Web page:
Mali signed an agreement [press release] Friday with the International Criminal Court (ICC) [official website] to become the first African country to agree to enforce the ICC's sentences of imprisonment. Article 103 of the Rome Statute [text], which governs the ICC, states that "[a] sentence of imprisonment shall be served in a State designated by the Court from a list of States which have indicated to the Court their willingness to accept sentenced persons." Mali joins Finland, Belgium, Denmark, the UK and Austria as countries which have agreed to detain individuals convicted by the ICC. Finland, Belgium and Denmark were the most recent countries to agree to take convicts [JURIST report].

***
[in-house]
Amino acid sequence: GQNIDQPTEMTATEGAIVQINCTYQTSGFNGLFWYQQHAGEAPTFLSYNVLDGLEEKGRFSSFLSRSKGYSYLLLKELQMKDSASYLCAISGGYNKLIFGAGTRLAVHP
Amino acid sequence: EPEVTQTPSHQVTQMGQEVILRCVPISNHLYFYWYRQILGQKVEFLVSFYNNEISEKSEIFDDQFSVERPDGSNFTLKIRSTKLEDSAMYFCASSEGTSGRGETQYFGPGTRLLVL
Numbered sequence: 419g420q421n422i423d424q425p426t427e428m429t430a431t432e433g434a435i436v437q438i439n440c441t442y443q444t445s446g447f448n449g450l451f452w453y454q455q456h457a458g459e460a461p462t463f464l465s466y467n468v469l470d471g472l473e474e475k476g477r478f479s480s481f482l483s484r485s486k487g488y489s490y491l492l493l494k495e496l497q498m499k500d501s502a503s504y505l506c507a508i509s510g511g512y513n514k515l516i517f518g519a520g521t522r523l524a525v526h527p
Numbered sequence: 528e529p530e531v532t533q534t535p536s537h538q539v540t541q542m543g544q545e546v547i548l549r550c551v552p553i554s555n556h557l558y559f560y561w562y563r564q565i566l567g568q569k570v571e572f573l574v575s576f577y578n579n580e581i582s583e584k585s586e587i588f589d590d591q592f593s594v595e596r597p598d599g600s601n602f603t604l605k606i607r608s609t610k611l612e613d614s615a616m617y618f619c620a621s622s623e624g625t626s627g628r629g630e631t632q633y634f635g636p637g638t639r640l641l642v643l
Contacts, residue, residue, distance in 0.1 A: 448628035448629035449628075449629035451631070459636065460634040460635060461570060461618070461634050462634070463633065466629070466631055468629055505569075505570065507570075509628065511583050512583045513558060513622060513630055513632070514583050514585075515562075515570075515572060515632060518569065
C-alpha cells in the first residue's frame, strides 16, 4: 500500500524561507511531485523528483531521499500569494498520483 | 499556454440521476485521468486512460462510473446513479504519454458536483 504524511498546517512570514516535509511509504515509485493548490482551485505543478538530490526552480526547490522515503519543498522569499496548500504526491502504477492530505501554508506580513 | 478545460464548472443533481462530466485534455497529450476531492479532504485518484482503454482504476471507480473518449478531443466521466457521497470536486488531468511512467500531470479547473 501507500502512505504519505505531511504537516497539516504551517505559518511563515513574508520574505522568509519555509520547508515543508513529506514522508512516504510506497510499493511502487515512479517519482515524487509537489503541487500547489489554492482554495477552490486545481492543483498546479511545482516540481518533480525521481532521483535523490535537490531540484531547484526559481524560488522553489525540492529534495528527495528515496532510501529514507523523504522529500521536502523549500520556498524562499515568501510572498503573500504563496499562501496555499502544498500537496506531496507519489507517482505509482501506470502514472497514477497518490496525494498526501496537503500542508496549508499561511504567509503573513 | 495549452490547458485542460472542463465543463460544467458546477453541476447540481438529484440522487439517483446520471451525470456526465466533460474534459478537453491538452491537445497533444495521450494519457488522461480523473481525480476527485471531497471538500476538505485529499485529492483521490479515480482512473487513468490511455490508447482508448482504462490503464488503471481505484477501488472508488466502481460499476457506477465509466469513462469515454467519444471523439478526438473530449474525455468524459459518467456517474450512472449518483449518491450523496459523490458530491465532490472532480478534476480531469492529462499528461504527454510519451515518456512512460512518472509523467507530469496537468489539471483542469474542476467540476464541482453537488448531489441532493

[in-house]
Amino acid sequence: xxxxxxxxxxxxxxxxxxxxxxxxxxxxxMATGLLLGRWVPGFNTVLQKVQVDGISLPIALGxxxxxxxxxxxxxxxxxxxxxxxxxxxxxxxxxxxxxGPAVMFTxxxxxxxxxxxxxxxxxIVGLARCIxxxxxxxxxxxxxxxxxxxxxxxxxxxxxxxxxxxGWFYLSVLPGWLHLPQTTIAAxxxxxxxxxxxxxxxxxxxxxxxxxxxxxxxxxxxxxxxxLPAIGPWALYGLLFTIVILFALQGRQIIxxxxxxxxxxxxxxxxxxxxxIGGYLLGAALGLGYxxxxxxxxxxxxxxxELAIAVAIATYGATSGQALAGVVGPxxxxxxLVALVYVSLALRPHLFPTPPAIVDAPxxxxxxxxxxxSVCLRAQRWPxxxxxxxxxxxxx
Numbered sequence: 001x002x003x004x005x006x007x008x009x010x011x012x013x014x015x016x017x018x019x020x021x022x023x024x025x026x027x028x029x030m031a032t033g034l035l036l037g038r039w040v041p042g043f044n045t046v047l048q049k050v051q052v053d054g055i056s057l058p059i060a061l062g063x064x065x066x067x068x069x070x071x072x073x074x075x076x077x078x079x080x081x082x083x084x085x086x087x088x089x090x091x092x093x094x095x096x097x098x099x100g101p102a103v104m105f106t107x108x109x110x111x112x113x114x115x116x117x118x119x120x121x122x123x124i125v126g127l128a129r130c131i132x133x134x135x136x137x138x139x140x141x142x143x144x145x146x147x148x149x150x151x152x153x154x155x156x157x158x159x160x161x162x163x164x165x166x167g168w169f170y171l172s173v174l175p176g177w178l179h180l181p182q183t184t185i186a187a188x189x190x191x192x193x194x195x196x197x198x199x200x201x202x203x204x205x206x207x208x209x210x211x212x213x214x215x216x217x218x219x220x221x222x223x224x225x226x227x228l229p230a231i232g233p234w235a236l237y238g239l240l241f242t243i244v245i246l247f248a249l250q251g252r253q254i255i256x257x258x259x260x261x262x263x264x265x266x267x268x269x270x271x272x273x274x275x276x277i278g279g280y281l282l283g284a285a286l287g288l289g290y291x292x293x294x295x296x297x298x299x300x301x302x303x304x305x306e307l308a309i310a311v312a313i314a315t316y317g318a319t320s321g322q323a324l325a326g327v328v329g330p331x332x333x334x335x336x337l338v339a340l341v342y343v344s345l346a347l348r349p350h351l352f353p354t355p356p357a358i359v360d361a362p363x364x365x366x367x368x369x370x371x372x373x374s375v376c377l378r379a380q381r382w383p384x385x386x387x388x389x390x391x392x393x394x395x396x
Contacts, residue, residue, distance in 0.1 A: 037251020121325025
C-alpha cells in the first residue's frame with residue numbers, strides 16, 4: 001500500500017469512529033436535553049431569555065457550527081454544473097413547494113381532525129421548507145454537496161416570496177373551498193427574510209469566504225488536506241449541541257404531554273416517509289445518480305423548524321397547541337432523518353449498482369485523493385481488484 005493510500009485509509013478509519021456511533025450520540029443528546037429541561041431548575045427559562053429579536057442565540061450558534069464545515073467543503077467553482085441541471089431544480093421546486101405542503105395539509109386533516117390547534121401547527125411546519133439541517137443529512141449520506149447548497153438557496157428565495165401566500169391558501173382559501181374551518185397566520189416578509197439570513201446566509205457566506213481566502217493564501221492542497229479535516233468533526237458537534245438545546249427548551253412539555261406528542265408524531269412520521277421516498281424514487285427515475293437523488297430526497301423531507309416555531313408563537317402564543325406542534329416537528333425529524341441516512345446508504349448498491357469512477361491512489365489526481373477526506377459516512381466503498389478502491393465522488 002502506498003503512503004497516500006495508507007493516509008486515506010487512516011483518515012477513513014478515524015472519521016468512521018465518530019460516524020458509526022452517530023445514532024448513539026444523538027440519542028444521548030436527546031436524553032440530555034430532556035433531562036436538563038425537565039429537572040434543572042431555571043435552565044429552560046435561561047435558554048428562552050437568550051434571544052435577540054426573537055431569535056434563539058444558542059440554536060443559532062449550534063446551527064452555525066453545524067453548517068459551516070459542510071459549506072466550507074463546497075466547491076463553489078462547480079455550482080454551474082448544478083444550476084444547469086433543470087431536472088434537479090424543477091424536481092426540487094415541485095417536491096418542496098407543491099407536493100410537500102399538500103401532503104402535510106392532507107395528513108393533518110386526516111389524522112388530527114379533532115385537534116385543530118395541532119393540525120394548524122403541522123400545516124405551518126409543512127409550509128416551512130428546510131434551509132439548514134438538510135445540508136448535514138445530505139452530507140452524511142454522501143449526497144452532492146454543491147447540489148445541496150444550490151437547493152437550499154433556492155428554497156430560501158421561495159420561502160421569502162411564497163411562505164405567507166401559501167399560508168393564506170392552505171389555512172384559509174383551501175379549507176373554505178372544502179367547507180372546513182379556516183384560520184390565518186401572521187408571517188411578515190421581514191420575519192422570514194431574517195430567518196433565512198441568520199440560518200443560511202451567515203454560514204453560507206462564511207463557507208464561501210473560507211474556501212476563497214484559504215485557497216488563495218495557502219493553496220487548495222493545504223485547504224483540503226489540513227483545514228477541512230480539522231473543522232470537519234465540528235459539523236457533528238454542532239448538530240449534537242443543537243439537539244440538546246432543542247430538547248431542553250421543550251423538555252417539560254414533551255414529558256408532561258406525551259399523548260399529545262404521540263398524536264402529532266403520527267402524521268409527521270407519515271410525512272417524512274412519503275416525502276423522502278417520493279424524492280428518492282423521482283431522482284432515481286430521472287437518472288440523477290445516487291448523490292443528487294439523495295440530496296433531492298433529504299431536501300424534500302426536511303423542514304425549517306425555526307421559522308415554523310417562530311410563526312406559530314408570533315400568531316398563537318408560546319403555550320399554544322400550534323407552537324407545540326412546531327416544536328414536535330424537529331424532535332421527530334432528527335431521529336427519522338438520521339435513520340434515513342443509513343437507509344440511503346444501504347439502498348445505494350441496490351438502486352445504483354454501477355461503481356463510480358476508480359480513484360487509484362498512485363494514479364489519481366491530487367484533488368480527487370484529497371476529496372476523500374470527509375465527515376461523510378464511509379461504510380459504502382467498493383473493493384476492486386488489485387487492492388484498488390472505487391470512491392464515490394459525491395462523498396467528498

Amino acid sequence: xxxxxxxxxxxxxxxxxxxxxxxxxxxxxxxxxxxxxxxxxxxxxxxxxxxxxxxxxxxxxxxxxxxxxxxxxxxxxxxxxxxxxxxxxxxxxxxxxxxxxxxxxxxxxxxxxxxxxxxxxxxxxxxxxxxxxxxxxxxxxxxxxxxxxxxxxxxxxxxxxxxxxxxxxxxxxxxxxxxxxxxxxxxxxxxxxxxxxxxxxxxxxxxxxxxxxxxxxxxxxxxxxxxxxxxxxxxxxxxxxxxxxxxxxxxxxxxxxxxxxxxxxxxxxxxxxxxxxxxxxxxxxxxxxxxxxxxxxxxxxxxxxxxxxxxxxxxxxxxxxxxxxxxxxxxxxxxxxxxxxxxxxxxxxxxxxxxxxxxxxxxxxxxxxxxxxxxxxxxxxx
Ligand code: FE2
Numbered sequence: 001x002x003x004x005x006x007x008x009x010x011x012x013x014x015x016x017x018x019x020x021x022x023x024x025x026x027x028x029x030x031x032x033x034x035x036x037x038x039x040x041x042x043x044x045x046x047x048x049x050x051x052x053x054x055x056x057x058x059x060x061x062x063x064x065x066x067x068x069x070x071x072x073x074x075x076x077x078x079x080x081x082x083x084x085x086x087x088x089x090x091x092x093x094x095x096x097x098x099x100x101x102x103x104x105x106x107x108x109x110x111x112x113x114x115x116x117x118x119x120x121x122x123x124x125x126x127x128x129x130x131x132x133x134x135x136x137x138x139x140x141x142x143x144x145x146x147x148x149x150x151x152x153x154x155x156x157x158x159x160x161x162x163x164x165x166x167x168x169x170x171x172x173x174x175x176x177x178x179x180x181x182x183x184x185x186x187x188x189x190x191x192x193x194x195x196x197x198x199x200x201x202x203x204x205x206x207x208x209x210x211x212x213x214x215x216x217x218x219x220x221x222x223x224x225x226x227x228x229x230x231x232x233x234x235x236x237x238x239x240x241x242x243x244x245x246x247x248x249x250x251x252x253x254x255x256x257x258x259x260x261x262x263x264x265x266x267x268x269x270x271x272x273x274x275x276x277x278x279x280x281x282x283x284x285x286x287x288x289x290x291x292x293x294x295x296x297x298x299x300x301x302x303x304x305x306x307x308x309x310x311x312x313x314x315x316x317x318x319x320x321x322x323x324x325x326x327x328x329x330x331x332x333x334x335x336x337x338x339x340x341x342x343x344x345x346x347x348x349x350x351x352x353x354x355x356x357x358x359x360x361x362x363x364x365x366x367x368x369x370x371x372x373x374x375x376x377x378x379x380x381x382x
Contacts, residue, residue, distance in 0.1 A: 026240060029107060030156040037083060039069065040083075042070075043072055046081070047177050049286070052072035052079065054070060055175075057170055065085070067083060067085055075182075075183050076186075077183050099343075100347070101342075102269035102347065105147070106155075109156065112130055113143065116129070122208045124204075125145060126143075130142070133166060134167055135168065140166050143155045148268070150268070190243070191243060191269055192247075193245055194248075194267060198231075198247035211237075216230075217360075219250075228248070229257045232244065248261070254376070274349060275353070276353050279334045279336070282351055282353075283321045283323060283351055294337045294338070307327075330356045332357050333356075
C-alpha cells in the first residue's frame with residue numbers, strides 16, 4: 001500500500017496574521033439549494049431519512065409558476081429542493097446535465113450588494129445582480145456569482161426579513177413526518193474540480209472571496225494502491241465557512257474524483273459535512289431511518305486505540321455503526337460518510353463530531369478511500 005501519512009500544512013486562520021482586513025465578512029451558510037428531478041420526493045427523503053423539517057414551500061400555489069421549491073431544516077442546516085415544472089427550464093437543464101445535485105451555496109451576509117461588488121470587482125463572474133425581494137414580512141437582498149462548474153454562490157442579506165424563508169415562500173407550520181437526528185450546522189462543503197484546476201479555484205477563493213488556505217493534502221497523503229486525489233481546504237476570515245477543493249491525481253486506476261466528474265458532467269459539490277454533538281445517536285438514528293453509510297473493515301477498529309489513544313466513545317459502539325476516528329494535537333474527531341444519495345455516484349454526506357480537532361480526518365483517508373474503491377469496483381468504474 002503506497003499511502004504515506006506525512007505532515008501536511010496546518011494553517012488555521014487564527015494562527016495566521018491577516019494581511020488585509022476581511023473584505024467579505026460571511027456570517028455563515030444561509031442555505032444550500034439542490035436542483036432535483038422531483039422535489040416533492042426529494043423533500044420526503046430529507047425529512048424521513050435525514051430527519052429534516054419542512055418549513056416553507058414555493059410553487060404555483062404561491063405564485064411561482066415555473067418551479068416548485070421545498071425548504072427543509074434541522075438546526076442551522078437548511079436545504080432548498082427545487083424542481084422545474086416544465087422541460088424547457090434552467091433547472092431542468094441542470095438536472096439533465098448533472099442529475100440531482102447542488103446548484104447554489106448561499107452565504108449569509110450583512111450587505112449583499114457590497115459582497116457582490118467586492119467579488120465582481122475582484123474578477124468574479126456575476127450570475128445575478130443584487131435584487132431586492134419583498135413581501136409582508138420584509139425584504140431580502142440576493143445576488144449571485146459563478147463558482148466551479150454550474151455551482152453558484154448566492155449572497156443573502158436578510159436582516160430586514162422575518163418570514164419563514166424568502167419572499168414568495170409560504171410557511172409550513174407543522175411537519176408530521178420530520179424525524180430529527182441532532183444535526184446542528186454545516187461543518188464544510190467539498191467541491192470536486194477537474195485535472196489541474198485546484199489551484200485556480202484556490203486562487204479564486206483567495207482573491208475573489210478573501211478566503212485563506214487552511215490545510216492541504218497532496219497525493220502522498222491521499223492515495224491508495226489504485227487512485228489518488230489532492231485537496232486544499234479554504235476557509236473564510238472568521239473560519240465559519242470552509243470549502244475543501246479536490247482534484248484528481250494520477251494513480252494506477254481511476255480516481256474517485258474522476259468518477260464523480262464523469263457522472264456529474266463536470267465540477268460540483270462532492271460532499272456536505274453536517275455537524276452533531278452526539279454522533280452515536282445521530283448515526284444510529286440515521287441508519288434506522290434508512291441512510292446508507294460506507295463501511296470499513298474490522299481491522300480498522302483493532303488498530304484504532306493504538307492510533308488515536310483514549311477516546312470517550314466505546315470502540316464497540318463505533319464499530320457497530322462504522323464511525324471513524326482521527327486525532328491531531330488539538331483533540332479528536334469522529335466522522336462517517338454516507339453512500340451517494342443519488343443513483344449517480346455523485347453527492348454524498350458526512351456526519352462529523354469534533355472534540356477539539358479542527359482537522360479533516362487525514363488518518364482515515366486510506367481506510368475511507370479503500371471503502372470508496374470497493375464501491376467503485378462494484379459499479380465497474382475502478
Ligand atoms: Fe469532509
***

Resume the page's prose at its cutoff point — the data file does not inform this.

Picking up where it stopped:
The ICC has been heavily involved in prosecuting crimes against humanity in Africa. In December the ICC urged international cooperation [JURIST report] in executing arrest warrants for suspects accused in the Darfur conflict [ICC materials]. Sudanese President Omar al-Bashir [ICC materials; JURIST news archive] is currently at-large and faces seven counts of war crimes and crimes against humanity as well as three charges of genocide [JURIST reports]. Also in December, former Ivory Coast president Laurent Gbagbo [BBC profile] was brought into custody and appeared before the ICC [JURIST report] to face charges of murder, persecution, inhumane acts, and rape and other forms of sexual violence allegedly committed during 2010's post-election violence [JURIST news archive] in the Ivory Coast. In November the ICC indicated that it would allow Libya to conduct the trial of Saif al-Islam Gaddafi [JURIST report], son of former Libyan leader Muammar Gaddafi [BBC profile], despite concerns over whether he could possibly receive a fair trial. In August the ICC concluded its first war crimes trial [JURIST report], the trial of Democratic Republic of Congo militia leader Thomas Lubanga [ICC materials; BBC profile] for enlisting child soldiers and committing large-scale human rights abuses in Congo's violent Ituri district. In June Kenya appealed [JURIST report] the ICC's refusal to transfer two cases against high-ranking Kenyan officials for their alleged involvement in the violence after the 2007 Kenyan elections [JURIST news archive]. The Kenyan men facing charges in the ICC, the "Ocampo Six," are accused of inciting violence after the 2007 Kenyan elections which resulted in more than 1,100 deaths, 3,500 injuries, hundreds of rapes and up to 600,000 individuals being forcibly displaced.